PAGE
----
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Hundreds Gather, Urging Officials To Reinstate Funding For Behavioral Health Services

Exercising the right to peacefully assemble, this afternoon hundreds of people from across New Mexico stood shoulder to shoulder in a Legislative Finance Committee meeting, urging lawmakers and the Cabinet Secretary of the Human Services Department to reinstate funding for Behavioral Health Services across the state.

This past winter fifteen Behavioral Health Providers that serve more than thirty thousand residents of New Mexico and make up eighty five percent of the Behavioral Health infrastructure for the state, were audited by a Massachusetts firm.  Shannon Freedle is the Chief Executive Officer of Team Builders Counseling Services, one of the agencies placed under the microscope.

"All fifteen agencies failed and it seems that it was set up for us to fail," Freedle says.  "Medicaid funds along with other funds managed by OptumHealth New Mexico were put on hold, and we are fast approaching the end of our fourth week without payment."

All fifteen of the agencies have filed Good CauseRequests with the Human Services Department for release of the payment holds.  Criteria set by the federal government for a request to be taken seriously require that the contractors cater to medically underserved areas with high need, and that they are sole providers of essential services. Since the community mental health agency Team Builders serves twenty three mostly rural counties as well as fifteen Native American communities around the state, Freedle says this situation demands an urgent response.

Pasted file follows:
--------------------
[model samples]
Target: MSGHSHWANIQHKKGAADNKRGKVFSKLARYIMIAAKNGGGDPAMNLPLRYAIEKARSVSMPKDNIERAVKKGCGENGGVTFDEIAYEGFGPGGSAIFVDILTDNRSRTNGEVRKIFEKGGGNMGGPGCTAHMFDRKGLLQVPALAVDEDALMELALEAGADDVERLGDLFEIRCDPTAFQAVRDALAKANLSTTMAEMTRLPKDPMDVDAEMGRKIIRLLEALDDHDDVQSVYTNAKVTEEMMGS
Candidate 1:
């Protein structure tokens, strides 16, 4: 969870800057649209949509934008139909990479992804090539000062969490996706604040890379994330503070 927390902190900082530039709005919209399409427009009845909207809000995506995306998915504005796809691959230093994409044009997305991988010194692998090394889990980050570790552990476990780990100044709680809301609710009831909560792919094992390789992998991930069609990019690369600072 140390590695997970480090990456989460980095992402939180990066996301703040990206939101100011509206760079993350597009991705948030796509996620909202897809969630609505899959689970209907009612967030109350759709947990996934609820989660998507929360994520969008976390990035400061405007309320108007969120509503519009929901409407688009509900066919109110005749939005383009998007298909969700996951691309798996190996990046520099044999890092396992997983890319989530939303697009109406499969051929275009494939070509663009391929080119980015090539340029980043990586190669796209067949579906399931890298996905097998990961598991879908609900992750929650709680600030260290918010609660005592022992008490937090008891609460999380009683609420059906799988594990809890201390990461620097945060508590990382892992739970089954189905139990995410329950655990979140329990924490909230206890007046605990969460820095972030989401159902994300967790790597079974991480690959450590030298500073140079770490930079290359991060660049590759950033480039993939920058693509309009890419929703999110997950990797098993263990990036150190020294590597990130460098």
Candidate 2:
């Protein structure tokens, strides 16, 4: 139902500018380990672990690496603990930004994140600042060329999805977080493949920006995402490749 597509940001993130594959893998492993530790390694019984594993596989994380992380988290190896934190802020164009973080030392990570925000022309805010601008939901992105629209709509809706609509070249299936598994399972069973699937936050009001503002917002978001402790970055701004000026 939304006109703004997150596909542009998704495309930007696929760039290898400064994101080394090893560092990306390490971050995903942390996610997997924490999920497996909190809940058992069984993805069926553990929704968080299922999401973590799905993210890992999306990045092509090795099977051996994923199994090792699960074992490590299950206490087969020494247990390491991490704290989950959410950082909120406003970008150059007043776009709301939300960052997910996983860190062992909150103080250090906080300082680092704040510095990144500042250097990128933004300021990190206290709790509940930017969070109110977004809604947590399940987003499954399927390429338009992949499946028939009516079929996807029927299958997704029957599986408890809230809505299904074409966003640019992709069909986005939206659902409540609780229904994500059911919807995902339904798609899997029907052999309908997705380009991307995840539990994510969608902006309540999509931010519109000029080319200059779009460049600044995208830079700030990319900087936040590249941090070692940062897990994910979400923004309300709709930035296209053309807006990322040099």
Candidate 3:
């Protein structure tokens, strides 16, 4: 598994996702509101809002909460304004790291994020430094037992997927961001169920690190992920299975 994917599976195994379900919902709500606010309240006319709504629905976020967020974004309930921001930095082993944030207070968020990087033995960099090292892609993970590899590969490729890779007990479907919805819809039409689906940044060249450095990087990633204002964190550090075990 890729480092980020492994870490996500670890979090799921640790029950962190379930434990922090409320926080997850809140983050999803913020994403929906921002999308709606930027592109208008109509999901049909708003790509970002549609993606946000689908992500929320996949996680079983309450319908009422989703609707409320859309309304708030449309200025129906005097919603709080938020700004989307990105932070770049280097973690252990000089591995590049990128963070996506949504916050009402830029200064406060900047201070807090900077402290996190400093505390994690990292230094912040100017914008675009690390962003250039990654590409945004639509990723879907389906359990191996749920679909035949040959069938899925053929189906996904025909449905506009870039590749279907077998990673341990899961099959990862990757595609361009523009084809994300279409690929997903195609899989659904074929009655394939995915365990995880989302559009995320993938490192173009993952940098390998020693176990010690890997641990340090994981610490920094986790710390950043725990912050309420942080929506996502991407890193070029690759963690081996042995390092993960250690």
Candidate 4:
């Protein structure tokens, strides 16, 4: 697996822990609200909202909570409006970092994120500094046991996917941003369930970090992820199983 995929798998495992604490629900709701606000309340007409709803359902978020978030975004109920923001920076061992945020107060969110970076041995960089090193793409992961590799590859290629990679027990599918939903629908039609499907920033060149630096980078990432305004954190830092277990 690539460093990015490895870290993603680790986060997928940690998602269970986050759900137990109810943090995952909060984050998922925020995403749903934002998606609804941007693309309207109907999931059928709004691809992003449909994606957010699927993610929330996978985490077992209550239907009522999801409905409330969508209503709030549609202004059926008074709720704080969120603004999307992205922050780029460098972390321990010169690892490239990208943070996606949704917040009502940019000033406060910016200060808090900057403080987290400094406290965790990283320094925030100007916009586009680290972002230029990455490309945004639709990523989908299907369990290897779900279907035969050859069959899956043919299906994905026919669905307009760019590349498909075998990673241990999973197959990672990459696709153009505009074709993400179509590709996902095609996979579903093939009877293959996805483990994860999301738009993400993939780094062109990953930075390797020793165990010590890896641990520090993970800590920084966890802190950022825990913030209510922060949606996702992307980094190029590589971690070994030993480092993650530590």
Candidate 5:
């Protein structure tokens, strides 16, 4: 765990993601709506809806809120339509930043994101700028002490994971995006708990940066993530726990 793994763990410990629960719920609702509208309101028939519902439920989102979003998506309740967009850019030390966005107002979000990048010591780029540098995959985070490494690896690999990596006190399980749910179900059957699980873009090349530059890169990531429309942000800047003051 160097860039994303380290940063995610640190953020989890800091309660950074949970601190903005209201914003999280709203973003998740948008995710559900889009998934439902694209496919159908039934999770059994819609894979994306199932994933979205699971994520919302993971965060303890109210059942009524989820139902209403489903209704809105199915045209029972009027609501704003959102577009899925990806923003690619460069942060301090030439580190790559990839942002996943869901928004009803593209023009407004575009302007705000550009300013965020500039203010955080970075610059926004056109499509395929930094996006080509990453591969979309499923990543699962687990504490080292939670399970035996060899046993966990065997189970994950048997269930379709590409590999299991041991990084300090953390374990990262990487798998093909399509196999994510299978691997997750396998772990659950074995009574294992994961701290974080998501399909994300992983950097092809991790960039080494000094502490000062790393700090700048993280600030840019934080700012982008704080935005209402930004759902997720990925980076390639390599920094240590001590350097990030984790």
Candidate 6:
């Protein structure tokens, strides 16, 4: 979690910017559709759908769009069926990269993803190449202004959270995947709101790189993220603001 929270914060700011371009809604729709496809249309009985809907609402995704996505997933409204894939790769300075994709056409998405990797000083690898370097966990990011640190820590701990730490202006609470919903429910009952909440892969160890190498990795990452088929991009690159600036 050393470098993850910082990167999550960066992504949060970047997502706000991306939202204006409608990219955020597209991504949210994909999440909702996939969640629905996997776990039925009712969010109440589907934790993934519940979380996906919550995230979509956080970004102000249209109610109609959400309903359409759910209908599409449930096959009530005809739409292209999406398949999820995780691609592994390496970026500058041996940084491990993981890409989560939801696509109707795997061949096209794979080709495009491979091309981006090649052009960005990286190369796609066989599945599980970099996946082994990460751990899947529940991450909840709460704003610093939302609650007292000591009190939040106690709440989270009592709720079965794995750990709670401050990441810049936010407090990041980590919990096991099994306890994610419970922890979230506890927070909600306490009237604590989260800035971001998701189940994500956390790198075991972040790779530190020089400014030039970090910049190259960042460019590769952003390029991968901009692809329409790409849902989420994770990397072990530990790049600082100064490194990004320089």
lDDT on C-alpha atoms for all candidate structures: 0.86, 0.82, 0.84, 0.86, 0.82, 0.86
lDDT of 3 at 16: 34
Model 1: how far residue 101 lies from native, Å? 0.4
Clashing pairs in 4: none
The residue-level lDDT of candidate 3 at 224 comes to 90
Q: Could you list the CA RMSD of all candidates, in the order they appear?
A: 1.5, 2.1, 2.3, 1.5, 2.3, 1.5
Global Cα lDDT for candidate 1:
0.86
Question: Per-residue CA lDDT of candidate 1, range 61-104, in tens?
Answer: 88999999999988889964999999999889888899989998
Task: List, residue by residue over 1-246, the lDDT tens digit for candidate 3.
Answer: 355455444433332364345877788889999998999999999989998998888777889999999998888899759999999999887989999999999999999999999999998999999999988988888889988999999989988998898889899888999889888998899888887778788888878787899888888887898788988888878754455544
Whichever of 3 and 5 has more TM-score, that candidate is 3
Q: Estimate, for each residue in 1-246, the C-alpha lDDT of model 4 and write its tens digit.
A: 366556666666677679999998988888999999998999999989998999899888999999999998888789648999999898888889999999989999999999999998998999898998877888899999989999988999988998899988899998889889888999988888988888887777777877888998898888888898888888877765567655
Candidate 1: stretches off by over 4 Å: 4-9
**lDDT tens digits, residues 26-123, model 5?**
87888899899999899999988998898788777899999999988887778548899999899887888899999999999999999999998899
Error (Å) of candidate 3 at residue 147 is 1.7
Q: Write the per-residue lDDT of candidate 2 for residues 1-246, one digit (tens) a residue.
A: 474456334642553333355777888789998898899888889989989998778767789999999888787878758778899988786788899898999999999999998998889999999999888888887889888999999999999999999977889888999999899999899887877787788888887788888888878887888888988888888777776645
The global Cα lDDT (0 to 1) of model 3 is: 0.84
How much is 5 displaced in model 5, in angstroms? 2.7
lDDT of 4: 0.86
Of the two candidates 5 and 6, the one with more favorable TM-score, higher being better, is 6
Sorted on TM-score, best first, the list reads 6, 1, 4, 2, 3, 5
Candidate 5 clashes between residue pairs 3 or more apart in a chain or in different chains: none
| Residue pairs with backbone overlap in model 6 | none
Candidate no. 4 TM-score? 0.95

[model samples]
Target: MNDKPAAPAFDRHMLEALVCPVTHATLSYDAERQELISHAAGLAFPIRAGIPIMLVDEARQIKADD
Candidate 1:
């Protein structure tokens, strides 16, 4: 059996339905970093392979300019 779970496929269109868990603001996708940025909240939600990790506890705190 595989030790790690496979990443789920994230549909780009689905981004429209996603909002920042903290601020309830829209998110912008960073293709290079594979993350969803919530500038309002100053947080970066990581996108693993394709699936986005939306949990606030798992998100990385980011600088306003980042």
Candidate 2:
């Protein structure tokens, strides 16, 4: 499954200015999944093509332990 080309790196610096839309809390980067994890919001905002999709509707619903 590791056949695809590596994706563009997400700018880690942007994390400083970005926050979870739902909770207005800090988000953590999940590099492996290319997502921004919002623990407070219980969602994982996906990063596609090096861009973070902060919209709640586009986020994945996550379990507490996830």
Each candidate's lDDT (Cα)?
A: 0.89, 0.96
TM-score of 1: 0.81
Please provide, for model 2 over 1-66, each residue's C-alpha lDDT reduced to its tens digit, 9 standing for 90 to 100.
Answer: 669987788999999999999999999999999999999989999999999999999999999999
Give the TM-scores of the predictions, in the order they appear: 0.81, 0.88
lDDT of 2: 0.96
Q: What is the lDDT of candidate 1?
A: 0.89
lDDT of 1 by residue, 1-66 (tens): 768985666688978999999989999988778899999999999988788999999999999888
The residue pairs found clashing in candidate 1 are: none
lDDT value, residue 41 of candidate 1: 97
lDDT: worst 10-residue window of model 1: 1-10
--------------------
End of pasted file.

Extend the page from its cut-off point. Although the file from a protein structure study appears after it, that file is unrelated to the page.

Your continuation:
"We understand that the Human Services Department has a responsibility to protect the Medicaid benefit," he says, "but we believe there is also a responsibility to protect the citizens of the state of New Mexico, and in this instance, the consumers of behavioral health care."

The State maintains it is following federal guidelines in the protection of medicaid recipients. The Human Services Department has indicated that they have five outside companies from Arizona ready to step in and assume care for the thirty thousand patients using services from providers whose payments have been put on hold.  But almost a month into the suspension of funds, Freedle has yet to see who would be taking over his caseload, should his agencies provisional care be terminated.